Recently served Department of Justice subpoenas are probably connected to an antitrust investigation into the Australian and South African citrus industries, and it appears that exporters, not importers, are the targets.
âMy impression is the subpoenas were connected with that same investigation,â said David Holzworth, general counsel for the Santiago-based Chilean Exporters Association, who said the subpoenas were served at the recent Produce Marketing Association Fresh Summit 2009 in Anaheim, Calif.
Holzworth would not say which companies were served, or how many were served.
A spokesperson for the Western Cape Citrus Producers Forum, a group of South African citrus shippers, said it "has received a request for documents from the U.S. Department of Justice as part of an ongoing investigation regarding the citrus industry. The Forum is cooperating fully with this request." The spokesperson would not say whether the forum had received a subpoena.
Joretha Geldenhuys, the forum's chief executive officer, did not return a request for comment.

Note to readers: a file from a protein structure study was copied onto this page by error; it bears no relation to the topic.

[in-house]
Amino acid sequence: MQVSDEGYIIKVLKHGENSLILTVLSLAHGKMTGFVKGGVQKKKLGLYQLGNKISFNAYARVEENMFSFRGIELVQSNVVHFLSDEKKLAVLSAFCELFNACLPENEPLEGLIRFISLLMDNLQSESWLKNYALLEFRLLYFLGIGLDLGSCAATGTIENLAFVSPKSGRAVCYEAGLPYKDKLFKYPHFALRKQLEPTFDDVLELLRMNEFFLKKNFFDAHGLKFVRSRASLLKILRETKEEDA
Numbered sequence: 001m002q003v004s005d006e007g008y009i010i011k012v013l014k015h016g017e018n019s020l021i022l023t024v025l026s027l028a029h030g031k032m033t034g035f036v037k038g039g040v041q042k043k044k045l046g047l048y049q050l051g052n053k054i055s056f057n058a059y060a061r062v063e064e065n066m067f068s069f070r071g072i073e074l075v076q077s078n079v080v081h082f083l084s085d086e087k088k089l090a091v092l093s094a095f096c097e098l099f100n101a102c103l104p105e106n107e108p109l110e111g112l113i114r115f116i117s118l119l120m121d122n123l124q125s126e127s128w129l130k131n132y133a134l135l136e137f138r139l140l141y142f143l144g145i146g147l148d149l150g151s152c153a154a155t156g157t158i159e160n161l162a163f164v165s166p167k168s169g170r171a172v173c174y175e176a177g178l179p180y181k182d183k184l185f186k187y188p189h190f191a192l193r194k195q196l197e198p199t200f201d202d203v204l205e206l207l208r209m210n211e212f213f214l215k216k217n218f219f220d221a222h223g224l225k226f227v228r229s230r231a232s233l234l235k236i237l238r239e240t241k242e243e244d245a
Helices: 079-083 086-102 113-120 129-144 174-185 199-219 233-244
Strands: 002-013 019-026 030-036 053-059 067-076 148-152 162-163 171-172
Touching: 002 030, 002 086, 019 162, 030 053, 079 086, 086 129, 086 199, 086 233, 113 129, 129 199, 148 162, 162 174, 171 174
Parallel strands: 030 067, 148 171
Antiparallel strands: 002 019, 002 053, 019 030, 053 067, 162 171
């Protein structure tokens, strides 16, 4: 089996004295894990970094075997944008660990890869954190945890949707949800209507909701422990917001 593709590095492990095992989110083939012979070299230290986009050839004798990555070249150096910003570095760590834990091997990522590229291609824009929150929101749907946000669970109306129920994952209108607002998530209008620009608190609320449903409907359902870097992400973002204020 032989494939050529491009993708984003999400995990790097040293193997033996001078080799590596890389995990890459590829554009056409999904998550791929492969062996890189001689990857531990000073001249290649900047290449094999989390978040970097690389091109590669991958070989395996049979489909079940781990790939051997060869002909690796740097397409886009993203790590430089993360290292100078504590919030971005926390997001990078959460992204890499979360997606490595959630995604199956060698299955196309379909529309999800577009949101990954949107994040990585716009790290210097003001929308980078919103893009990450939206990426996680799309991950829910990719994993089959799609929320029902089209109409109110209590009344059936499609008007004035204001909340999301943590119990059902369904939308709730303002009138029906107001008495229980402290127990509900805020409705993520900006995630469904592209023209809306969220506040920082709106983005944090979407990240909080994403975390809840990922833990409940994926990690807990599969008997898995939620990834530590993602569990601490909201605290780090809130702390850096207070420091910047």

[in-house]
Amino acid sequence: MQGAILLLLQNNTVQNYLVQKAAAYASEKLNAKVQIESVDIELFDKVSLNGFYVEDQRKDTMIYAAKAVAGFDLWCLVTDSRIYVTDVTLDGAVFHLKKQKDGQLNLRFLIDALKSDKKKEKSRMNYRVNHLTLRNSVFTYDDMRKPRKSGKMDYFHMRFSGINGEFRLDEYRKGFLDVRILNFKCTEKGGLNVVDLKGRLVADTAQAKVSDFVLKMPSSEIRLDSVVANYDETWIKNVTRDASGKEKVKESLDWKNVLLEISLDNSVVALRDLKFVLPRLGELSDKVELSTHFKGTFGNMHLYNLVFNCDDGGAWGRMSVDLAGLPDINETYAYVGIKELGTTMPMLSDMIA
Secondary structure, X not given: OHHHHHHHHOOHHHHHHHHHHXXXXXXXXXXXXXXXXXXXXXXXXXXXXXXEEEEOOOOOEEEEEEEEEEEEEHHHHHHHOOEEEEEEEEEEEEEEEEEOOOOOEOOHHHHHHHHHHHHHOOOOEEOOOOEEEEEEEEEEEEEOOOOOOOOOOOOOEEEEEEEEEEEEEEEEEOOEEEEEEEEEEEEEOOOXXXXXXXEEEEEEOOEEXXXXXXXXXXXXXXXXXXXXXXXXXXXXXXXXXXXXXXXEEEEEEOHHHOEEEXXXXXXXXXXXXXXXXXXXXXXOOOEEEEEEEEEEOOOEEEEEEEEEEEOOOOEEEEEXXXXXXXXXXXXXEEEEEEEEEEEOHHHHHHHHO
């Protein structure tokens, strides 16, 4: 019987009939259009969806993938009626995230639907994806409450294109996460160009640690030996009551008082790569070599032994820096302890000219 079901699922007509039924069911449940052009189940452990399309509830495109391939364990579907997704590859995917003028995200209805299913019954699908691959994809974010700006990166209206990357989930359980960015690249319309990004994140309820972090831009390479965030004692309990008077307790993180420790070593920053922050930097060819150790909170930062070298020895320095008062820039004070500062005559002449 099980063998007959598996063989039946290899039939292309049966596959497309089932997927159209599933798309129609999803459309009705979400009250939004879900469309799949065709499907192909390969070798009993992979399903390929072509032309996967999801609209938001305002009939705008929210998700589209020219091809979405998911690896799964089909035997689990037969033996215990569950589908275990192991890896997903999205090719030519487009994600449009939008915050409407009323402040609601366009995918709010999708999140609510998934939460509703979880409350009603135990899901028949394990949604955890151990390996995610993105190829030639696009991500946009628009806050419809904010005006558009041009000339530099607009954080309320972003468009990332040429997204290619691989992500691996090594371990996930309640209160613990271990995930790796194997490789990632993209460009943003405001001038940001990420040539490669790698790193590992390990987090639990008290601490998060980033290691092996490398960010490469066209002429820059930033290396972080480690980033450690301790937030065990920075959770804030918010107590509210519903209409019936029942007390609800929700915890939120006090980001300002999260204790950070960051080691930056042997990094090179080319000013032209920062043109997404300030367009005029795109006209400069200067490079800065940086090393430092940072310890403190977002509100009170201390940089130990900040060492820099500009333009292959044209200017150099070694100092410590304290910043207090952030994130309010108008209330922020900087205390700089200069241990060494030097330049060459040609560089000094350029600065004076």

Three citrus importers that were visited by the Federal Bureau of Investigation in 2007 â DNE World Fruit Sales, Fort Pierce, Fla.; Seald Sweet LLC, Vero Beach, Fla.; and Montreal-based Fisher Capespan LLC â were not among those served, according to officials from those companies.
Later in 2007, the Department of Justice launched an investigation into anticompetitive practices in the citrus industry.
A Department of Justice spokesperson said Nov. 5 that the department's anti-trust division was investigating the possibility of anti-competitive activity in the citrus industry. The spokesperson would not say whether subpoenas have been served, or whether Australia and South Africa were the countries being investigated.
Officials from several other importers and exporters did not return calls for comment.
Just because a company is subpoenaed does not mean it is the target of an investigation, Holzworth said.